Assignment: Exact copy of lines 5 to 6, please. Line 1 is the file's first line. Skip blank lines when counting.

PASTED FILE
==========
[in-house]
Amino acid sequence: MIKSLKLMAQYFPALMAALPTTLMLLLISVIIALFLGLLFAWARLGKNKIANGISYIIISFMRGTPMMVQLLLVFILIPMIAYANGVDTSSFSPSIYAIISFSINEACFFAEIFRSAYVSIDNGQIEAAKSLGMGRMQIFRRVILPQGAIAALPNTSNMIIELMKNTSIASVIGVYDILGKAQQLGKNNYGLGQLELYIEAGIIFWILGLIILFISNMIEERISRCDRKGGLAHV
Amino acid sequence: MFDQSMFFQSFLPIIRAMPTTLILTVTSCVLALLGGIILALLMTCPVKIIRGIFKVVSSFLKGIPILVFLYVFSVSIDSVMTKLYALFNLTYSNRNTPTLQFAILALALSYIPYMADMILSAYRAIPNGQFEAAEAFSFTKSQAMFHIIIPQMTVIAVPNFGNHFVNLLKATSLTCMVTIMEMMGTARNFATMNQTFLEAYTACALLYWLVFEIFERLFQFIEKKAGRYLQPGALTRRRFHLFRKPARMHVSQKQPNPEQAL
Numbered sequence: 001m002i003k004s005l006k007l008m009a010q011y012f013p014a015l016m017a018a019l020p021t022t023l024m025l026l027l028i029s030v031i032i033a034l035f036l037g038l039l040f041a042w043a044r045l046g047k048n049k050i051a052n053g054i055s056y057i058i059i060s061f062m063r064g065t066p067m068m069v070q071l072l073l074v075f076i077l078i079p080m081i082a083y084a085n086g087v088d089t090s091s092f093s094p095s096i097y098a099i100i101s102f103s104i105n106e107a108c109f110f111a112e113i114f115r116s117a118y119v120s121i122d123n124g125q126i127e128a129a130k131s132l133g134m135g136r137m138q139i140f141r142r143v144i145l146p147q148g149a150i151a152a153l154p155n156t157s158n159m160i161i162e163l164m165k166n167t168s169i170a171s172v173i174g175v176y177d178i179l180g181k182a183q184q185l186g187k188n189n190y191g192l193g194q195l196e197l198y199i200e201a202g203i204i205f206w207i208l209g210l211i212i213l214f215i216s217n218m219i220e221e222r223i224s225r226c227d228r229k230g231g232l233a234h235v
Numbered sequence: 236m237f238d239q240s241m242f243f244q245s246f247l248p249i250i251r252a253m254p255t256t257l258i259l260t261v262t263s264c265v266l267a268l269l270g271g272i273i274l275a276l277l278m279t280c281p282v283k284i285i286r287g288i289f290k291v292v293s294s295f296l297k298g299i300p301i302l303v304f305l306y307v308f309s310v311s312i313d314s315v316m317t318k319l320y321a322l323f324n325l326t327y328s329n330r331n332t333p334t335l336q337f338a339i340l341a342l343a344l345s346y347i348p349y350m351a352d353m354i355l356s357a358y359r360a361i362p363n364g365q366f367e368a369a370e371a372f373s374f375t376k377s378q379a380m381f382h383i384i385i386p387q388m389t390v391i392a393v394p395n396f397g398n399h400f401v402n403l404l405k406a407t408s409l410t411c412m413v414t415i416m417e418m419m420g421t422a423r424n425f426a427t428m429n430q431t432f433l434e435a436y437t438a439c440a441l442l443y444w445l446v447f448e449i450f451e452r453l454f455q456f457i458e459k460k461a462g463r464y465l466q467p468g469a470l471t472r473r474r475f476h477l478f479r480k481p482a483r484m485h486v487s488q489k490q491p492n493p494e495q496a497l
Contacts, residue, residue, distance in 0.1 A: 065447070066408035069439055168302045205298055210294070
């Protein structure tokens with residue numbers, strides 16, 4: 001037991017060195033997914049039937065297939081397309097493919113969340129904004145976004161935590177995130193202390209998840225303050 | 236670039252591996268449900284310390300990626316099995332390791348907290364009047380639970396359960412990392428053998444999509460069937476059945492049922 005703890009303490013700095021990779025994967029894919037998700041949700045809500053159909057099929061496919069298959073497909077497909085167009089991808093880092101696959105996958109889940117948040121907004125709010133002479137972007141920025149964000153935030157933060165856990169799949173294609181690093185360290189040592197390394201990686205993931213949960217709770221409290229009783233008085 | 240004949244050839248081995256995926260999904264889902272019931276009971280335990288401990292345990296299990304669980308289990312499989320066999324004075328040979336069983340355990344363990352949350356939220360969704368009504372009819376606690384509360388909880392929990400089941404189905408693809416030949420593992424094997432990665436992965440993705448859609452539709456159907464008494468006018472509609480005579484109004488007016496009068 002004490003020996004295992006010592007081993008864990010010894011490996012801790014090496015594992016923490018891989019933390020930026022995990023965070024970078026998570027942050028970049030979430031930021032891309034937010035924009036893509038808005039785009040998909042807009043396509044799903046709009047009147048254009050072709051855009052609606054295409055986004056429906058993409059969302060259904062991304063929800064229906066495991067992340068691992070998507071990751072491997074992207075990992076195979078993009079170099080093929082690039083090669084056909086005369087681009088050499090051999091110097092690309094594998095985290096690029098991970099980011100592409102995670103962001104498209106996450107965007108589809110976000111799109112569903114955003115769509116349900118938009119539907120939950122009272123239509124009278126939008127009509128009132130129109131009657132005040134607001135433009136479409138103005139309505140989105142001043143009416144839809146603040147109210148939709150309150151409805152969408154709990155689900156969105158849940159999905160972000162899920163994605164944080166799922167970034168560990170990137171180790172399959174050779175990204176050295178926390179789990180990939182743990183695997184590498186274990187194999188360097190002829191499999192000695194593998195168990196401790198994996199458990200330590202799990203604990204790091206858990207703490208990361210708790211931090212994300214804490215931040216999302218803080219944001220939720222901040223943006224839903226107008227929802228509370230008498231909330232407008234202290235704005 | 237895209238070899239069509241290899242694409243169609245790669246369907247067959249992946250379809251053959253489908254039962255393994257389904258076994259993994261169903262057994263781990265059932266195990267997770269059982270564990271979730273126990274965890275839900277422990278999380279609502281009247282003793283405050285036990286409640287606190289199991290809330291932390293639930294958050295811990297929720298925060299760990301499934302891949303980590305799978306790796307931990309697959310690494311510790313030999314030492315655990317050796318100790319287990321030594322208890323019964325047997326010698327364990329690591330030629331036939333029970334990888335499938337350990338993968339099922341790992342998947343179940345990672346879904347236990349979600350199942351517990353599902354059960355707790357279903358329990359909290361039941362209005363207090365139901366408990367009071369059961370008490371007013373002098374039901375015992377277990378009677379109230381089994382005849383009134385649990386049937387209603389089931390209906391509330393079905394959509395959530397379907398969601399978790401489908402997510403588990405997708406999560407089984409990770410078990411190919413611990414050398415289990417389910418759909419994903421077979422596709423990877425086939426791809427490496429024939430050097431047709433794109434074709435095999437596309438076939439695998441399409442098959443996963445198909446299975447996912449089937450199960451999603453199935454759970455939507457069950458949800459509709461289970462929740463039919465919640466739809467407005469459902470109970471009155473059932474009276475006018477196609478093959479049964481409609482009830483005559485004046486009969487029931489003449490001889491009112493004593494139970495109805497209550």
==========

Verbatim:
Numbered sequence: 236m237f238d239q240s241m242f243f244q245s246f247l248p249i250i251r252a253m254p255t256t257l258i259l260t261v262t263s264c265v266l267a268l269l270g271g272i273i274l275a276l277l278m279t280c281p282v283k284i285i286r287g288i289f290k291v292v293s294s295f296l297k298g299i300p301i302l303v304f305l306y307v308f309s310v311s312i313d314s315v316m317t318k319l320y321a322l323f324n325l326t327y328s329n330r331n332t333p334t335l336q337f338a339i340l341a342l343a344l345s346y347i348p349y350m351a352d353m354i355l356s357a358y359r360a361i362p363n364g365q366f367e368a369a370e371a372f373s374f375t376k377s378q379a380m381f382h383i384i385i386p387q388m389t390v391i392a393v394p395n396f397g398n399h400f401v402n403l404l405k406a407t408s409l410t411c412m413v414t415i416m417e418m419m420g421t422a423r424n425f426a427t428m429n430q431t432f433l434e435a436y437t438a439c440a441l442l443y444w445l446v447f448e449i450f451e452r453l454f455q456f457i458e459k460k461a462g463r464y465l466q467p468g469a470l471t472r473r474r475f476h477l478f479r480k481p482a483r484m485h486v487s488q489k490q491p492n493p494e495q496a497l
Contacts, residue, residue, distance in 0.1 A: 065447070066408035069439055168302045205298055210294070